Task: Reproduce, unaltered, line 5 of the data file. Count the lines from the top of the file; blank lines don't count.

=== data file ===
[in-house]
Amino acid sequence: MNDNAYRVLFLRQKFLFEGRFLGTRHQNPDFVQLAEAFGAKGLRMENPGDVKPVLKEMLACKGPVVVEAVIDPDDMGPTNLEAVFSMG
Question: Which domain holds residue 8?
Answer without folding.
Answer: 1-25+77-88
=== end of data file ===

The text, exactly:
Answer: 1-25+77-88